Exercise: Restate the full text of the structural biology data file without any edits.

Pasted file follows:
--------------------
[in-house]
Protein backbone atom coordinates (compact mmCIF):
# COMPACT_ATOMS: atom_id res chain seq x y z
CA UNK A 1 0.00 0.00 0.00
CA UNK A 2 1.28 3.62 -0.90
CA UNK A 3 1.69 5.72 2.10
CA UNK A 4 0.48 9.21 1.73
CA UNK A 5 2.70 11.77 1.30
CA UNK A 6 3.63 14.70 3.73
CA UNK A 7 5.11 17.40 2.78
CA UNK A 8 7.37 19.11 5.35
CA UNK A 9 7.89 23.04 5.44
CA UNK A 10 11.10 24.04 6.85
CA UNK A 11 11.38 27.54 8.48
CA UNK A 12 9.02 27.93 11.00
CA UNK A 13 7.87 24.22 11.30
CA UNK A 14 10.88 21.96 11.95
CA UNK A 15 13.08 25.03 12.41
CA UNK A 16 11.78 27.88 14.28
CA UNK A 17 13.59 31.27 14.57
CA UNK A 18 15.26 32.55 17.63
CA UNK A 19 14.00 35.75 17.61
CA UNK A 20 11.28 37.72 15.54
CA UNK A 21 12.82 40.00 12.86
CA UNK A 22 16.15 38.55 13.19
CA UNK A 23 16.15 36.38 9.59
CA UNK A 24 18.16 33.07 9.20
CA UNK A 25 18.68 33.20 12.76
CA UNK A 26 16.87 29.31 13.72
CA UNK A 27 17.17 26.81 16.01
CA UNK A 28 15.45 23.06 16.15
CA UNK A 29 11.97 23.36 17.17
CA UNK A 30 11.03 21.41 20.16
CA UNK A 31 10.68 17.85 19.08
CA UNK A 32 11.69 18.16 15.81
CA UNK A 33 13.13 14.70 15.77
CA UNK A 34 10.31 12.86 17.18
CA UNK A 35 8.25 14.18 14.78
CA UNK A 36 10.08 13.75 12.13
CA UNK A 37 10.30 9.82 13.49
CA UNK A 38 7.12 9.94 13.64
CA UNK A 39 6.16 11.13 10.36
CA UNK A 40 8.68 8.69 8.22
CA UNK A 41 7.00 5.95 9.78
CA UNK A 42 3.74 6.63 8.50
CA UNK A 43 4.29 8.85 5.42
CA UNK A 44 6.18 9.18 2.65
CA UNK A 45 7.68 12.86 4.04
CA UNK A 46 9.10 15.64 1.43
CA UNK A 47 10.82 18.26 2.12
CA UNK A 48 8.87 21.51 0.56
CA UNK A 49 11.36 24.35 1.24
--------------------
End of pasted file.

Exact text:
[in-house]
Protein backbone atom coordinates (compact mmCIF):
# COMPACT_ATOMS: atom_id res chain seq x y z
CA UNK A 1 0.00 0.00 0.00
CA UNK A 2 1.28 3.62 -0.90
CA UNK A 3 1.69 5.72 2.10
CA UNK A 4 0.48 9.21 1.73
CA UNK A 5 2.70 11.77 1.30
CA UNK A 6 3.63 14.70 3.73
CA UNK A 7 5.11 17.40 2.78
CA UNK A 8 7.37 19.11 5.35
CA UNK A 9 7.89 23.04 5.44
CA UNK A 10 11.10 24.04 6.85
CA UNK A 11 11.38 27.54 8.48
CA UNK A 12 9.02 27.93 11.00
CA UNK A 13 7.87 24.22 11.30
CA UNK A 14 10.88 21.96 11.95
CA UNK A 15 13.08 25.03 12.41
CA UNK A 16 11.78 27.88 14.28
CA UNK A 17 13.59 31.27 14.57
CA UNK A 18 15.26 32.55 17.63
CA UNK A 19 14.00 35.75 17.61
CA UNK A 20 11.28 37.72 15.54
CA UNK A 21 12.82 40.00 12.86
CA UNK A 22 16.15 38.55 13.19
CA UNK A 23 16.15 36.38 9.59
CA UNK A 24 18.16 33.07 9.20
CA UNK A 25 18.68 33.20 12.76
CA UNK A 26 16.87 29.31 13.72
CA UNK A 27 17.17 26.81 16.01
CA UNK A 28 15.45 23.06 16.15
CA UNK A 29 11.97 23.36 17.17
CA UNK A 30 11.03 21.41 20.16
CA UNK A 31 10.68 17.85 19.08
CA UNK A 32 11.69 18.16 15.81
CA UNK A 33 13.13 14.70 15.77
CA UNK A 34 10.31 12.86 17.18
CA UNK A 35 8.25 14.18 14.78
CA UNK A 36 10.08 13.75 12.13
CA UNK A 37 10.30 9.82 13.49
CA UNK A 38 7.12 9.94 13.64
CA UNK A 39 6.16 11.13 10.36
CA UNK A 40 8.68 8.69 8.22
CA UNK A 41 7.00 5.95 9.78
CA UNK A 42 3.74 6.63 8.50
CA UNK A 43 4.29 8.85 5.42
CA UNK A 44 6.18 9.18 2.65
CA UNK A 45 7.68 12.86 4.04
CA UNK A 46 9.10 15.64 1.43
CA UNK A 47 10.82 18.26 2.12
CA UNK A 48 8.87 21.51 0.56
CA UNK A 49 11.36 24.35 1.24